One of my favorite parts

of my job is dealing with PhD students. Here are my rules.

  1. I ask the students working with me to meet with me at least once every two weeks. Even if they haven’t got much done. But that schedule means that most of them are getting stuff done. I only starting doing the meeting thing in the last few years and it works for me.
  2. I try to provide honest feedback. If they are doing bad work, I tell them. If they are doing good work, I tell them. Most do good work.
  3. I try to build their self-confidence. Many really smart students forget that they are smart. But part of that is being clear about what is good and what is bad.
  4. I am all for tough requirements. If someone is not doing well at course work, early papers, and exams, then perhaps a PhD is not for them. You are not doing anyone a favor by keeping them around.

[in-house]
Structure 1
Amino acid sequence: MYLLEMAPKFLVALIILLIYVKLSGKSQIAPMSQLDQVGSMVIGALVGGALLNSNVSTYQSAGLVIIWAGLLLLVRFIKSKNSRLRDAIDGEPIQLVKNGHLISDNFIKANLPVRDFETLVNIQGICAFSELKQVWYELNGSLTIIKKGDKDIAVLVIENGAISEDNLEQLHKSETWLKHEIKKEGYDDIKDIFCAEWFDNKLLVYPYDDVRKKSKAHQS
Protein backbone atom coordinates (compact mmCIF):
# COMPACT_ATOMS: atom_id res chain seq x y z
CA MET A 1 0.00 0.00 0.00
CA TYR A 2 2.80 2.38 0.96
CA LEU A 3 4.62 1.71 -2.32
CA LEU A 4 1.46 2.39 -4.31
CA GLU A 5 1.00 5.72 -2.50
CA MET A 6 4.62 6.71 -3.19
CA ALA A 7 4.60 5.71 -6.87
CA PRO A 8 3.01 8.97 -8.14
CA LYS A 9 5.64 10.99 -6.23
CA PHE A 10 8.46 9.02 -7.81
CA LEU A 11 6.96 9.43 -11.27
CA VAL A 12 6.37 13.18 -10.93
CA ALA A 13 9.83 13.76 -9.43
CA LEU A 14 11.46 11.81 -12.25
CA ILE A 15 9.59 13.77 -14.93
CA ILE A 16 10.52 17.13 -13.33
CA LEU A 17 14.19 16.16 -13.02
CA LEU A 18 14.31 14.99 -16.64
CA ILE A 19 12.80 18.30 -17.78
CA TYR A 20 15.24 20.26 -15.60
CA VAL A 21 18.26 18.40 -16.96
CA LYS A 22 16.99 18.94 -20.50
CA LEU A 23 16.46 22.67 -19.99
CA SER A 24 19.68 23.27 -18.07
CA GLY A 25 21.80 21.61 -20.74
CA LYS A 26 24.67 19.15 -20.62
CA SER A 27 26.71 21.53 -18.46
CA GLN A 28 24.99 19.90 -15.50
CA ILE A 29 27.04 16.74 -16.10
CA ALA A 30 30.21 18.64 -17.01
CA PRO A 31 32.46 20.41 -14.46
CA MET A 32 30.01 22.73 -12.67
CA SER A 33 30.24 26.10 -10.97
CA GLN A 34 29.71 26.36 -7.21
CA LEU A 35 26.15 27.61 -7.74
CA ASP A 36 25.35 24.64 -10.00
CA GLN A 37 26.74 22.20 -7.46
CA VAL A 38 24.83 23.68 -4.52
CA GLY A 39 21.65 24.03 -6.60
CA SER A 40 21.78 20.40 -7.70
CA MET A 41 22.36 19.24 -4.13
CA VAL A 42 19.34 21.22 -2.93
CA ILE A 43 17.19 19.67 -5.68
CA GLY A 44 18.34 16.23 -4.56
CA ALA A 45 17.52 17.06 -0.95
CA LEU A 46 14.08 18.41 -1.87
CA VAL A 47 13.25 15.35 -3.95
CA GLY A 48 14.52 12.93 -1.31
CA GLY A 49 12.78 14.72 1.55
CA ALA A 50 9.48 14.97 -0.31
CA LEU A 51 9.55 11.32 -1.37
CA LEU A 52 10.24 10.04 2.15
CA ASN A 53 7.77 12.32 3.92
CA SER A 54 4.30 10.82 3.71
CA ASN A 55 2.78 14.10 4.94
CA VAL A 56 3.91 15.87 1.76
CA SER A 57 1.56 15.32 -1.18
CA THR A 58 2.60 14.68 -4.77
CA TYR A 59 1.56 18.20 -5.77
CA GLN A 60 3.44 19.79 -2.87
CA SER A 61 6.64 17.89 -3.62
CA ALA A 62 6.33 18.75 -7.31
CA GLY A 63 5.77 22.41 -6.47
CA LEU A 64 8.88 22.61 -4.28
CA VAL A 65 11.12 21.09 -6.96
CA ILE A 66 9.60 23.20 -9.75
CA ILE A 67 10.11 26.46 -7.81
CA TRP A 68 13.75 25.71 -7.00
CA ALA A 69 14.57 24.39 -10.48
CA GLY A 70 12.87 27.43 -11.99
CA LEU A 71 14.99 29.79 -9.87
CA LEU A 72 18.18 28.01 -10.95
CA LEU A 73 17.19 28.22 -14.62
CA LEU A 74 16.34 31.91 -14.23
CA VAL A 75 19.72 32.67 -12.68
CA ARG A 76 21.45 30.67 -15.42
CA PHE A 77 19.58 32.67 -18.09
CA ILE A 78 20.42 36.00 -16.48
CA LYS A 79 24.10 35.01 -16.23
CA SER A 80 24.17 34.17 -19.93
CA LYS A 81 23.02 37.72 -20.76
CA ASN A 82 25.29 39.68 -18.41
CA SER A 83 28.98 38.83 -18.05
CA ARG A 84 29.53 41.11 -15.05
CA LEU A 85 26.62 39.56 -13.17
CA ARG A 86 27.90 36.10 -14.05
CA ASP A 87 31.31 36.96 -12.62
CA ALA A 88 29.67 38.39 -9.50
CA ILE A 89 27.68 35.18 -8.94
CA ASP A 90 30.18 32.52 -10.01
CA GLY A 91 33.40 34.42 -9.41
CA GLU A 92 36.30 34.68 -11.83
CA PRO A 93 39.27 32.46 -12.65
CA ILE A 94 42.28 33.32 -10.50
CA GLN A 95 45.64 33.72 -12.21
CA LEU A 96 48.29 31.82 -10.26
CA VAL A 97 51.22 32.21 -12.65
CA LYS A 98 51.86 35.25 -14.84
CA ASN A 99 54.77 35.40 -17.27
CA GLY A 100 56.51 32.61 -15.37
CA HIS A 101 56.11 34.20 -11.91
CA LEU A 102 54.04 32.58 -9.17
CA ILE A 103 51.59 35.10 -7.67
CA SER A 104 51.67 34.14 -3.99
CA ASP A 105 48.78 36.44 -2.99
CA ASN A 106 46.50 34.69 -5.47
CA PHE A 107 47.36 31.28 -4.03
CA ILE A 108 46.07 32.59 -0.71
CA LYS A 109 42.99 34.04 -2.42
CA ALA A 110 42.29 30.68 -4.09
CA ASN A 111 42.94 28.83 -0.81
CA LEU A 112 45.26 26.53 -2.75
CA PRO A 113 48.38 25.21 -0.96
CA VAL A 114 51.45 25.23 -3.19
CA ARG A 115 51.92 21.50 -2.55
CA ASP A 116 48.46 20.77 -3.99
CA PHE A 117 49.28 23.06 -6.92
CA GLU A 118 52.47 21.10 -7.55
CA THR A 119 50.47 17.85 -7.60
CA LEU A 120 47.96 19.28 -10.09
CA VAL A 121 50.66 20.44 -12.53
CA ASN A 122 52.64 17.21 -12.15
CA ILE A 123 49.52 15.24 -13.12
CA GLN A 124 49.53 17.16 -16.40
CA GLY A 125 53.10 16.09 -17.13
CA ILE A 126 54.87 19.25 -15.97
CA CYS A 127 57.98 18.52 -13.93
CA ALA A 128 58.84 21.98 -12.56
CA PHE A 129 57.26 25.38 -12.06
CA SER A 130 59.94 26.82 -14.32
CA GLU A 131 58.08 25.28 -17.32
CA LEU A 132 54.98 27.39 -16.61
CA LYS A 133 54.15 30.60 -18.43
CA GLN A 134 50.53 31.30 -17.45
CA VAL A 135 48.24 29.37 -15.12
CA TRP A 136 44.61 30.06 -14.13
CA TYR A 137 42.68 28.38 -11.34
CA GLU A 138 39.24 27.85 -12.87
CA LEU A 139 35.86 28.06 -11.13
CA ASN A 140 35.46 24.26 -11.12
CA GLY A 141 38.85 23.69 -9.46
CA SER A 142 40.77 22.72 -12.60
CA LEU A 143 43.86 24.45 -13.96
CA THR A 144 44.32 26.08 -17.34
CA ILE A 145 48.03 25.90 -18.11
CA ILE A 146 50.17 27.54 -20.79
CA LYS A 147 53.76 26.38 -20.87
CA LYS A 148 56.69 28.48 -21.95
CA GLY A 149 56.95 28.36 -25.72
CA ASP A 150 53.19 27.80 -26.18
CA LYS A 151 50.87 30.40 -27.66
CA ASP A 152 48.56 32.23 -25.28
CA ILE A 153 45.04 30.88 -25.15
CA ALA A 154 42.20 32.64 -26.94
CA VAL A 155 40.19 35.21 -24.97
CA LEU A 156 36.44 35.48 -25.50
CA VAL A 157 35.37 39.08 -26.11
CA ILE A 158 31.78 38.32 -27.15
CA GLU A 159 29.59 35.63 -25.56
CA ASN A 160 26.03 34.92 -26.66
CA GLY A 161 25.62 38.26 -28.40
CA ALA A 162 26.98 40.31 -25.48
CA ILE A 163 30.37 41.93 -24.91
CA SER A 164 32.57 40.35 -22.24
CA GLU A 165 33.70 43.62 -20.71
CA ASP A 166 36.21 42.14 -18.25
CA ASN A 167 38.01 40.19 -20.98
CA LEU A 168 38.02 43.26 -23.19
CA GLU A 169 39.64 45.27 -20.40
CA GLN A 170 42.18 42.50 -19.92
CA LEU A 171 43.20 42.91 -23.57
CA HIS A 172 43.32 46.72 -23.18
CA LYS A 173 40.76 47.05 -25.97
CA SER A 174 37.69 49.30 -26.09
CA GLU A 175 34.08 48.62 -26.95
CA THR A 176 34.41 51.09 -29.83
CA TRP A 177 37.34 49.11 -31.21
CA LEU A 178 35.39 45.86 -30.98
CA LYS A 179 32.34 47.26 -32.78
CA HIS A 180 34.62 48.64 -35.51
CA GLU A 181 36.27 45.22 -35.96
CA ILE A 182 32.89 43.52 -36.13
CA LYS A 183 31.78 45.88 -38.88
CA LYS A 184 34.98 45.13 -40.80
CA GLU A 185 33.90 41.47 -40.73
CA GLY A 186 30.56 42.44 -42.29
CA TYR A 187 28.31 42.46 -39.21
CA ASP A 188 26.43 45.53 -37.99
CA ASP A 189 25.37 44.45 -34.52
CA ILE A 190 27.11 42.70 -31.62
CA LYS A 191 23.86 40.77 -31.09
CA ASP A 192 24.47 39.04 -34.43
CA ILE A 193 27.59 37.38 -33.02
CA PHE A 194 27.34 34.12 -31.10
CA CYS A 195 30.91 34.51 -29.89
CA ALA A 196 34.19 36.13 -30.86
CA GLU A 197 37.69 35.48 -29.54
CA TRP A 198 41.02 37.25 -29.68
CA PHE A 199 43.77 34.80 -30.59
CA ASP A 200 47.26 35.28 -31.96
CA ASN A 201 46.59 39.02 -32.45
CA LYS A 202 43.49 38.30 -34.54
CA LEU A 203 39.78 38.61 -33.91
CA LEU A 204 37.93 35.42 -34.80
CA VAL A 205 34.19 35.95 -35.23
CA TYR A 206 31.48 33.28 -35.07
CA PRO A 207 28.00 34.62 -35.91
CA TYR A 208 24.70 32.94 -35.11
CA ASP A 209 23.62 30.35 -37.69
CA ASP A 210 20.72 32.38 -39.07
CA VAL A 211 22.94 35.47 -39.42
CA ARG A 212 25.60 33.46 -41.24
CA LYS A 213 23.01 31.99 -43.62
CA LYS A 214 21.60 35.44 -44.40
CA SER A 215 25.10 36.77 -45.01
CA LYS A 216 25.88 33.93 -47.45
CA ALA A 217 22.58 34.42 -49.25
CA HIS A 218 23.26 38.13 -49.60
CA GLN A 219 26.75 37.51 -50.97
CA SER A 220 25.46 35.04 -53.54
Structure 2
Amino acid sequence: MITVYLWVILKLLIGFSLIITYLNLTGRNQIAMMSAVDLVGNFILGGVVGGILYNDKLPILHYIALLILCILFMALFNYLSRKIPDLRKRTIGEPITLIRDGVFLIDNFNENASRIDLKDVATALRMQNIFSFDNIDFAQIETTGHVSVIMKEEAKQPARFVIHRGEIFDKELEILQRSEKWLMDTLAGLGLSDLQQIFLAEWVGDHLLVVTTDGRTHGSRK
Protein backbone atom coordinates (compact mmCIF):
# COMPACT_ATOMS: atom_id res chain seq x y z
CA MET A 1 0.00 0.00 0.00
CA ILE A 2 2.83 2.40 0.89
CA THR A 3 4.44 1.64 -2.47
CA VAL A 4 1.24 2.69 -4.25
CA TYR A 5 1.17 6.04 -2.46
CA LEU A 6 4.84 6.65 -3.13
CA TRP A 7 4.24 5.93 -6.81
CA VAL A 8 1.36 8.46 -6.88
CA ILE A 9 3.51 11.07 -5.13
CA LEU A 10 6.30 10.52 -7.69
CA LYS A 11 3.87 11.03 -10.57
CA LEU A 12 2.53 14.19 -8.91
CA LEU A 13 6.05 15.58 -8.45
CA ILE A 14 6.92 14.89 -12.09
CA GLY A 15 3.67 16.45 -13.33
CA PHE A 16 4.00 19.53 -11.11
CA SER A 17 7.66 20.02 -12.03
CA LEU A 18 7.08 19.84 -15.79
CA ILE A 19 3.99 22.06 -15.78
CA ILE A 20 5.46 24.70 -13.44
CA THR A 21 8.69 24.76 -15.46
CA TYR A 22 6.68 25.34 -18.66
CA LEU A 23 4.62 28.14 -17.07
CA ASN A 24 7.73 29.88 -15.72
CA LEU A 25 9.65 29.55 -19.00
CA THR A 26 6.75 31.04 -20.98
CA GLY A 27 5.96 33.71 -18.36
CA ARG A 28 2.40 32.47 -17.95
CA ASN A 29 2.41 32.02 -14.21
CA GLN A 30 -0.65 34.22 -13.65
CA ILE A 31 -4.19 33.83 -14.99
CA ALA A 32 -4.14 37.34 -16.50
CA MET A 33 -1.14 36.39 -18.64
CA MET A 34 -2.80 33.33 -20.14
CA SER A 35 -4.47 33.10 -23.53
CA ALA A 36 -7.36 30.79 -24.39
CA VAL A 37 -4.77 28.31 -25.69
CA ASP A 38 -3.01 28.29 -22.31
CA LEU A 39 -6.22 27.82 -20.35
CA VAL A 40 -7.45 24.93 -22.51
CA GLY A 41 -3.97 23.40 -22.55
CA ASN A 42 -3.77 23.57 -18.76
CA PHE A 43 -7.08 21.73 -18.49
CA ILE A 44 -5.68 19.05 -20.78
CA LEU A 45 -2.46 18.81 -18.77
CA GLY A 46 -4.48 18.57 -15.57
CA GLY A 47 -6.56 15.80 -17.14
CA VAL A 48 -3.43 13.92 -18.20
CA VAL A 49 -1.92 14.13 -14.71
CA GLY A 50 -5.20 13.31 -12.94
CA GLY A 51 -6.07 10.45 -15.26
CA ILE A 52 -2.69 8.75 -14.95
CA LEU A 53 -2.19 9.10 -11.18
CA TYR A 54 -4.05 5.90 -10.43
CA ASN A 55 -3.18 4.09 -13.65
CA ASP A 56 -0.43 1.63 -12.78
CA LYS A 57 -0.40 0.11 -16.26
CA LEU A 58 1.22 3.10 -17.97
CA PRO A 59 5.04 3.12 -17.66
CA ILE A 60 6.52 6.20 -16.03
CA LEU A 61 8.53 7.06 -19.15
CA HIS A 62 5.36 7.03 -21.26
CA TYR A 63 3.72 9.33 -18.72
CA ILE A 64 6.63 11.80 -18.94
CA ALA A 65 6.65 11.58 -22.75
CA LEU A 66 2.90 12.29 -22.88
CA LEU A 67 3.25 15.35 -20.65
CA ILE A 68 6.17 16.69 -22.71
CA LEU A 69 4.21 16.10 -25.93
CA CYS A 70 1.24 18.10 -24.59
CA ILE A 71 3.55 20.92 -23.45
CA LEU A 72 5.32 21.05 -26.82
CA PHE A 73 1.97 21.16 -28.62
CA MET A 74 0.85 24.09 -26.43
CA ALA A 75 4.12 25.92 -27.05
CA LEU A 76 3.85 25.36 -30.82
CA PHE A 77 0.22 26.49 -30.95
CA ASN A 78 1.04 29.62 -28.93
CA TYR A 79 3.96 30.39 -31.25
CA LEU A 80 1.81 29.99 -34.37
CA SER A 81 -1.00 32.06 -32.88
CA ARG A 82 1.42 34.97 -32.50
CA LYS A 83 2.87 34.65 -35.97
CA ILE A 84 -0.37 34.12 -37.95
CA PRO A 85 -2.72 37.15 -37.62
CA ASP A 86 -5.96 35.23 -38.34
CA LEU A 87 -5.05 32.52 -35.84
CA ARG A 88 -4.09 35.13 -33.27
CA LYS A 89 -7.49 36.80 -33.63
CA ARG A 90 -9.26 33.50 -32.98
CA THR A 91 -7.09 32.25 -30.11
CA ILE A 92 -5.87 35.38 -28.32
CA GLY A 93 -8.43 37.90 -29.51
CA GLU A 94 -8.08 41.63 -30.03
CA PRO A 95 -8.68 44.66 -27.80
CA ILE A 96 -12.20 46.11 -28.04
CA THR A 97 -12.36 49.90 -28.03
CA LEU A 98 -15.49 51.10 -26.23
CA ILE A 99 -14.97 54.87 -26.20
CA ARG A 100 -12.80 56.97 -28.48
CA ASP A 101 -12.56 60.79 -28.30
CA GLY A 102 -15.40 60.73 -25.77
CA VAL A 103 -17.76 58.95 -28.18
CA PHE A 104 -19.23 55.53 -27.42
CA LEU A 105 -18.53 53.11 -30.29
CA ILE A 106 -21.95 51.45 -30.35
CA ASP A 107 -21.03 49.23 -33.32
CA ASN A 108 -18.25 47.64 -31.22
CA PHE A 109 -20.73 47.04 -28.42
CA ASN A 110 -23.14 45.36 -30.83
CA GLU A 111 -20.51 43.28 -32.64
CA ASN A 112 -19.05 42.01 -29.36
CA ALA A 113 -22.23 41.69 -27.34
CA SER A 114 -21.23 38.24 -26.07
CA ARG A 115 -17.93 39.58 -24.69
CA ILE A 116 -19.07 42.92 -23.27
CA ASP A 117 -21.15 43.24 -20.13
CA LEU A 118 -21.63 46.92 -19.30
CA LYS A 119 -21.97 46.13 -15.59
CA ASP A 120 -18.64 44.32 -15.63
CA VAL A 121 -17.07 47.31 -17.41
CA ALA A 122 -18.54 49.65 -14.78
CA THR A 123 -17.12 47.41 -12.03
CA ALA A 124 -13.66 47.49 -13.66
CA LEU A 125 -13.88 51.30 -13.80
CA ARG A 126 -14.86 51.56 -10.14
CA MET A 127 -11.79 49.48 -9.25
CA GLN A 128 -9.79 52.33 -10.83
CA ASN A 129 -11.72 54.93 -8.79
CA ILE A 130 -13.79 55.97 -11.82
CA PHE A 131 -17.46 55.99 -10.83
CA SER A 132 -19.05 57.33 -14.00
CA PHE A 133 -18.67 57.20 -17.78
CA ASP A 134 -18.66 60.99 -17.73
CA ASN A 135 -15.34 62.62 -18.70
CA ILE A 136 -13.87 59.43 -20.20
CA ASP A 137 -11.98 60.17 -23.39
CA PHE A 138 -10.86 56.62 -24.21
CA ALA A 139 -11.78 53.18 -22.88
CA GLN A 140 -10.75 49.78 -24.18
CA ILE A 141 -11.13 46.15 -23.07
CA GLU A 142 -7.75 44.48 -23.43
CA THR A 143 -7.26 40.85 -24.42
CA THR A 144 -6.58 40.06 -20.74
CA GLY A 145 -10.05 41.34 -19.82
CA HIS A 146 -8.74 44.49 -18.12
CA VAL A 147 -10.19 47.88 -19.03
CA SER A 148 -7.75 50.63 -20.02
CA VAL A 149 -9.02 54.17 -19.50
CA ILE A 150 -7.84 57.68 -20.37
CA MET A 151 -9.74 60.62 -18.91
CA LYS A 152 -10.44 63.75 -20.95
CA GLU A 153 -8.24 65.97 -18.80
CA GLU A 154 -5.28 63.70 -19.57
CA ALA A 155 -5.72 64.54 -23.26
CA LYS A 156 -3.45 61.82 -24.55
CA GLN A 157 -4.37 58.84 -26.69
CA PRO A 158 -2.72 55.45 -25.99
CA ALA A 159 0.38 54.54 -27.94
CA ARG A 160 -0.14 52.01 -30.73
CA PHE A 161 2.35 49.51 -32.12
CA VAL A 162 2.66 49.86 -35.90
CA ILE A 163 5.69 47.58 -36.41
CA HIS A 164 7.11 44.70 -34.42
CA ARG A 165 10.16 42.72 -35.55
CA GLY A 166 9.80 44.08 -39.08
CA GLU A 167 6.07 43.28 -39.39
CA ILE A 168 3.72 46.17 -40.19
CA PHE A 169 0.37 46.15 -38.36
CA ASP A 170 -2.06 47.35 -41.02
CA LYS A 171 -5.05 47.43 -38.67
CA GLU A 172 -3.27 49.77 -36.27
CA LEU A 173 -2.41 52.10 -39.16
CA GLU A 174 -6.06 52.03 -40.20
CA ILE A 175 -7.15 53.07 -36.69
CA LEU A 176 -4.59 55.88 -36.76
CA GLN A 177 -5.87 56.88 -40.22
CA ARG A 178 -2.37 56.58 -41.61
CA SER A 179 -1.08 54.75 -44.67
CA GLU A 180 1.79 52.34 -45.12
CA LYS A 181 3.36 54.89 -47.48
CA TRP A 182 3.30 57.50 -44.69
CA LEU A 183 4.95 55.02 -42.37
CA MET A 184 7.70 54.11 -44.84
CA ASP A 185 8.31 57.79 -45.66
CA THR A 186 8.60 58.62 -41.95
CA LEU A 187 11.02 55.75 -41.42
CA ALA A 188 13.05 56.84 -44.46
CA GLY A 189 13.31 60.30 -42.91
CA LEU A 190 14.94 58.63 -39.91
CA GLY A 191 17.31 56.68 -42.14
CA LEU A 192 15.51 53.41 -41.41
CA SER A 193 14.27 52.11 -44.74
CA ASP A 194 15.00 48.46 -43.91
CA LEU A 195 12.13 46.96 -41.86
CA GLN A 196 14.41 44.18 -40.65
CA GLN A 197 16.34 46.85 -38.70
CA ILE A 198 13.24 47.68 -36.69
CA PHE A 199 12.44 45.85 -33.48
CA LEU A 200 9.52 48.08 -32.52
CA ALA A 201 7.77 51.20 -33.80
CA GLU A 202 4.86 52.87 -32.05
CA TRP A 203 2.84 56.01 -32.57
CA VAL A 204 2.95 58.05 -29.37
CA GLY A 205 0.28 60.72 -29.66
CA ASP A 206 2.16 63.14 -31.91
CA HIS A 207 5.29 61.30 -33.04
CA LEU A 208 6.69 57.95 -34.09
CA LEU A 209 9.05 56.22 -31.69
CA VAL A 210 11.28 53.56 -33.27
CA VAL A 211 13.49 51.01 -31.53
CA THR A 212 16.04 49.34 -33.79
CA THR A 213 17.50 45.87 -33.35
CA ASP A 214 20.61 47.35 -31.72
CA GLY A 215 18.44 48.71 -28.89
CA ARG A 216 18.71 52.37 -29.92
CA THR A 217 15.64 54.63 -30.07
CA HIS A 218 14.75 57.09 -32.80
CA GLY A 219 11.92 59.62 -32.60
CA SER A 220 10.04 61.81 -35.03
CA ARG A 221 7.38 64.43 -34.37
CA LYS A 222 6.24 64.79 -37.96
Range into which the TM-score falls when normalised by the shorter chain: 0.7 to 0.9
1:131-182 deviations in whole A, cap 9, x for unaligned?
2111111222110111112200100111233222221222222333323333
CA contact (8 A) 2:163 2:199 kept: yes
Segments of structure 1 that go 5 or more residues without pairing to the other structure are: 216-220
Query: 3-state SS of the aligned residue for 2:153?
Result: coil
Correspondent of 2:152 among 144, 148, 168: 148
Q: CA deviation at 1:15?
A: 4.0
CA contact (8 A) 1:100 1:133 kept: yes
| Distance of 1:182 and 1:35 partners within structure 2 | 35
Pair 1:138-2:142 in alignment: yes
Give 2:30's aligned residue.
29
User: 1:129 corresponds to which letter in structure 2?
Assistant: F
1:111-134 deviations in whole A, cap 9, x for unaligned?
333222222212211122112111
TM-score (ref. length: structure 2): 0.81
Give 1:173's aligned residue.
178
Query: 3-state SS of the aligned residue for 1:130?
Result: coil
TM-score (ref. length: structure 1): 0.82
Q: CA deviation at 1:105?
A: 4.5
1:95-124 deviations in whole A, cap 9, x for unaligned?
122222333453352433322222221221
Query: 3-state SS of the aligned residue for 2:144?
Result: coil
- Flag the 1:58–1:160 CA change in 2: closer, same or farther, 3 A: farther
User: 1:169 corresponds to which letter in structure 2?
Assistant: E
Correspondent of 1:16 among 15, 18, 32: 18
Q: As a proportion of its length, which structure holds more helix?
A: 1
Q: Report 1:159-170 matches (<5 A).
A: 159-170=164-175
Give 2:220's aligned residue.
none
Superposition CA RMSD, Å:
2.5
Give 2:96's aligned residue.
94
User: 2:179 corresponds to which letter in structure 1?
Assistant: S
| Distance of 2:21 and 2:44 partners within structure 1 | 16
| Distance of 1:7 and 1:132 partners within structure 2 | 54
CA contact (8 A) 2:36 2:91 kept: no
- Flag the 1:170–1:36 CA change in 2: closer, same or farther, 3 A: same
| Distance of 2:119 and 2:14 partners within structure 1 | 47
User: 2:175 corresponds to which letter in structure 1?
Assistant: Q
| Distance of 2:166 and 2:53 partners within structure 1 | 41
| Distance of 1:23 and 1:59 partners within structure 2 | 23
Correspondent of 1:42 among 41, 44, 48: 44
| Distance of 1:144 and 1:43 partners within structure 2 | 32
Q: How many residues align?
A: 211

5. I don’t believe in micromanaging. People find their own level—with encouragement.
  6. No changing topics, once the student has decided.
  7. I try to encourage students to work together. I think that peer group effects are important–I sure learned a lot as a student from my classmates.
  8. I encourage them to present their work to others–in informal talks and in more formal settings.
  9. I never to give students ideas to work on. I will help them refine their own ideas, though.
  10. I am not a good editor. But I will tell them when the exposition needs work.
  11. I try to remind them that once they get a job, they will have much less time than now. More generally, I try to give them some sense what it’s like to be a faculty member.

I’m sure there are more. But I’m tired now.


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